On December 3, 2021, Tyler Southwell, 28, of Plymouth, was sentenced to six years in the Indiana Department of Correction after pleading guilty to two counts of Possession of Child Pornography. The charges were filed in Marshall Superior Court 3, with the sentence imposed by Judge Matthew Sarber.
The investigation began in October 2020 and was led by the Indiana State Police. It started when police received a notice from the National Center for Missing and Exploited Children (NCMEC) alerting them that possible child pornography was stored in a Google account with ties to the area. Federal law requires U.S.-based electronic service providers, such as Google, to report instances of apparent child pornography to NCMEC’s CyberTipline. NCMEC then relays the information to local law enforcement for further investigation.
In this case, the Indiana State Police tracked the images to a Google account owned by Southwell. Police learned that Southwell lived in Plymouth and eventually obtained and executed a search warrant at his house this past January. Southwell freely admitted his involvement and was charged with five counts of Possession of Child Pornography, a Level 5 felony. Each count carried a possible sentence from one to six years imprisonment, with an advisory sentence of three years.
Under the terms of the plea, Southwell admitted guilt to two of the charges, and the remaining three counts were dismissed, with the parties free to argue regarding the appropriate sentence. Deputy Prosecutor Ken Biggins represented the State and argued that the two counts should be served consecutively, one after the other, and asked for a total eight-year executed sentence, followed by two years of probation. Biggins highlighted the egregious nature of the pictures, the harm to the victims, and Southwell’s prior criminal history as aggravating factors. Defense attorney Paul Stanko argued for a lesser sentence, highlighting Southwell’s remorse and his acceptance of responsibility.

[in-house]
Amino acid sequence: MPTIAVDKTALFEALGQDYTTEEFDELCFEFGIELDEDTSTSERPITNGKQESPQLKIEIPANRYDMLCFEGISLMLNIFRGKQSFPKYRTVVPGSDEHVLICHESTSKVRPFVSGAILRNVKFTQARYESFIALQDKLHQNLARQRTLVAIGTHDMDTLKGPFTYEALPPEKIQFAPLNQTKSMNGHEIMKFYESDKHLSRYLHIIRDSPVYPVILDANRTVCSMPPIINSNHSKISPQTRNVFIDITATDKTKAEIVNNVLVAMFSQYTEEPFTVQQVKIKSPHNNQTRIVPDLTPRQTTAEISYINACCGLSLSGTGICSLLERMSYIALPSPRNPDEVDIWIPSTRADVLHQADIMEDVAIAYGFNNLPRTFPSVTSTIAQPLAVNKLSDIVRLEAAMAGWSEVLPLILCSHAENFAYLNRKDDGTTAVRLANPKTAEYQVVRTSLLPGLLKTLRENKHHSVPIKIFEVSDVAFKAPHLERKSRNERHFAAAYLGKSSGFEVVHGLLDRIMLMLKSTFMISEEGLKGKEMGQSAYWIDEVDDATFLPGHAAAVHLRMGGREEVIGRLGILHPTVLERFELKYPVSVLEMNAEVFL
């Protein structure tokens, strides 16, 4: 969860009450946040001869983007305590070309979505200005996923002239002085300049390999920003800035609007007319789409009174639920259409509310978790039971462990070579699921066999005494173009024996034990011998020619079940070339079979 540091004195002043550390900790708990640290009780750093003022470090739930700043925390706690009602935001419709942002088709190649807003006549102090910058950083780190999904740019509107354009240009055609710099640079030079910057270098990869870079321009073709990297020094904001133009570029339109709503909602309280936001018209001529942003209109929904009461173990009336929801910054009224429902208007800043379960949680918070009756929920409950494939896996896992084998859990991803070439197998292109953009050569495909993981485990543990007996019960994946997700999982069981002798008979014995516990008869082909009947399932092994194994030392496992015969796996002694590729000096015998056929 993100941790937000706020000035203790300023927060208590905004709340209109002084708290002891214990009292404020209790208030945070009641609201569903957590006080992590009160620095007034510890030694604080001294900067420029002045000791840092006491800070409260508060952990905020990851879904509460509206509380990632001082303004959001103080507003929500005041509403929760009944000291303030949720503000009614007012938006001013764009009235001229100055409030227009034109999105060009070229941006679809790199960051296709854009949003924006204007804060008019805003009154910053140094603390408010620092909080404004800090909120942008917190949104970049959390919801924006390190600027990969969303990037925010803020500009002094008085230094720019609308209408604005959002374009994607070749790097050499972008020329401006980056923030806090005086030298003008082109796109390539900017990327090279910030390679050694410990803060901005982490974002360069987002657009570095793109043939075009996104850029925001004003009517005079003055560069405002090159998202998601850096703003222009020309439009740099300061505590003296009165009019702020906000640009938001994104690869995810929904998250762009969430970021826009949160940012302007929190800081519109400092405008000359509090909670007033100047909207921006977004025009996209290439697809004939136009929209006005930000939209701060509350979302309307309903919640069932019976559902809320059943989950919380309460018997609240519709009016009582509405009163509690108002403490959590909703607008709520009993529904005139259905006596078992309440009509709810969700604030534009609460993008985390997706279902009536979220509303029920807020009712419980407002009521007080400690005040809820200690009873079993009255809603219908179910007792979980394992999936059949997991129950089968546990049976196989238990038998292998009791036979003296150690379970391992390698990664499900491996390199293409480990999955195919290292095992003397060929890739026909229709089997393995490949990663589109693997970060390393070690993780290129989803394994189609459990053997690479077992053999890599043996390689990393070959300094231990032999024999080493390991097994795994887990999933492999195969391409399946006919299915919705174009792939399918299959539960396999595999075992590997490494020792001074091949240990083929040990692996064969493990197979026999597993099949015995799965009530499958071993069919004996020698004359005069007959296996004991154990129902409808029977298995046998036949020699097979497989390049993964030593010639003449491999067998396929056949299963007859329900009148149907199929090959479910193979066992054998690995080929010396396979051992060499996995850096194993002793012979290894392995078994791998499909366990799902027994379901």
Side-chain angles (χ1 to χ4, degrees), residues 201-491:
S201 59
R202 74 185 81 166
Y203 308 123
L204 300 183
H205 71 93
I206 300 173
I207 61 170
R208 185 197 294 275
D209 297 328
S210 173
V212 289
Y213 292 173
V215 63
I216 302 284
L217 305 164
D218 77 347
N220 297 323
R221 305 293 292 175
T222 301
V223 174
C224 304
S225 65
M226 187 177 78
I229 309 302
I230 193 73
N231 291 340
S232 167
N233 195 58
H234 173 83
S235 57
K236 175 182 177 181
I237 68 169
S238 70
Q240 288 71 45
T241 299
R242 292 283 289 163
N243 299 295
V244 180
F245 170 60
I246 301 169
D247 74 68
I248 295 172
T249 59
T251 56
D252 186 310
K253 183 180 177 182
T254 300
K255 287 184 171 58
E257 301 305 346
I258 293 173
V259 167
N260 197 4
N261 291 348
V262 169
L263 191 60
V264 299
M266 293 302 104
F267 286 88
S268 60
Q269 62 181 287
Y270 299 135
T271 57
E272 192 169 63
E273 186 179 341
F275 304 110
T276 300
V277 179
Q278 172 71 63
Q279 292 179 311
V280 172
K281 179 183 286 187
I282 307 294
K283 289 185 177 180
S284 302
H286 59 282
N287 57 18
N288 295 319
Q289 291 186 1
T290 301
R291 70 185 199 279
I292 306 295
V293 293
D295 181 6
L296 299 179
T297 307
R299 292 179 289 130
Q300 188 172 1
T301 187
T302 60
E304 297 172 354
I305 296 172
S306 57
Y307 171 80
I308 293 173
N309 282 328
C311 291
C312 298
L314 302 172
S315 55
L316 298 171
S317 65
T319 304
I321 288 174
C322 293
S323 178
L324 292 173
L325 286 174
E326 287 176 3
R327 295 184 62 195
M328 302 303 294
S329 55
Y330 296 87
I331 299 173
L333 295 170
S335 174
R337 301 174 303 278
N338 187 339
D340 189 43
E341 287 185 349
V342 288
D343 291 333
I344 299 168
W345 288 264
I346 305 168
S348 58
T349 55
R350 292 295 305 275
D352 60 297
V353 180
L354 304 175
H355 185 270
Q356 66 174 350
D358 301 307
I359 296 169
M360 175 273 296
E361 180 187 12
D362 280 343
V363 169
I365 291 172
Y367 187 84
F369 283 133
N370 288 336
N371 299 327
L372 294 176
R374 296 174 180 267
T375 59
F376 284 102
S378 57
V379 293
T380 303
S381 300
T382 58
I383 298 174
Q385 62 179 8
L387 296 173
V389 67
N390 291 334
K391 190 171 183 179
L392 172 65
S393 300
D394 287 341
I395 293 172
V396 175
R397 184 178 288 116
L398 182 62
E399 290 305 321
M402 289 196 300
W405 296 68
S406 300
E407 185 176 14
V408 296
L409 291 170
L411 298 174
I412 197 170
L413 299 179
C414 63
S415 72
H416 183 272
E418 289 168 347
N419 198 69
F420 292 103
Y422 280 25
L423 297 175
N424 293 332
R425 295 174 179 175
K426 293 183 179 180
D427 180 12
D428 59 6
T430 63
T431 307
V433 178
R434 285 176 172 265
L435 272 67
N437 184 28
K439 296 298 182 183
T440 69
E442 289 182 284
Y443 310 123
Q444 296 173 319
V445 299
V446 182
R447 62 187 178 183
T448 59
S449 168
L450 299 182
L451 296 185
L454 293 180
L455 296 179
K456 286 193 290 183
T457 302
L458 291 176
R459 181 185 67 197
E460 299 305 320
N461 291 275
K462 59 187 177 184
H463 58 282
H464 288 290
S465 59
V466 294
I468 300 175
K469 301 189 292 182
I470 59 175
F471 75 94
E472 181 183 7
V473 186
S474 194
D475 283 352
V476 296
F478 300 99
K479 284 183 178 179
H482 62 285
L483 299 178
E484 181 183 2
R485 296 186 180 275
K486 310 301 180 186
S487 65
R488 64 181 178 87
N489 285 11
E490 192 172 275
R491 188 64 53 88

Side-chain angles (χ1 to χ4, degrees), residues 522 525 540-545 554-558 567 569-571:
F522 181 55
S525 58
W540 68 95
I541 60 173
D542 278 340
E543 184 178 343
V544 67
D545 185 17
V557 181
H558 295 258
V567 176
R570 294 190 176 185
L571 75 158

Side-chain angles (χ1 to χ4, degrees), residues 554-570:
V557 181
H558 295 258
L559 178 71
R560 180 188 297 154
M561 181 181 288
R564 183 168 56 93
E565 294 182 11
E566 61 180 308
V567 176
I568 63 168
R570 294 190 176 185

In determining the appropriate sentence, Judge Matthew Sarber found Southwell’s remorse and acceptance of responsibility as mitigating factors, however, he noted as aggravators Southwell’s criminal history, the nature of the images, and his placement under the Indiana Risk Assessment System. Sarber imposed an aggravated sentence of six years at the Indiana Department of Correction on each count and ordered the sentences to run concurrently. Prosecuting Attorney Nelson Chipman added, “although these were pornographic photographs of helpless children obtained by the defendant, there is no evidence that he actually took the photos himself or when the actual photos were taken. What many people do not realize, is for people like Southwell to digitally collect and share online photos of this sort, the children depicted are victimized over and over again. The sentence here is appropriate, and we trust, will meet the rehabilitative goals of incarceration. We certainly expect Southwell to not re-offend.”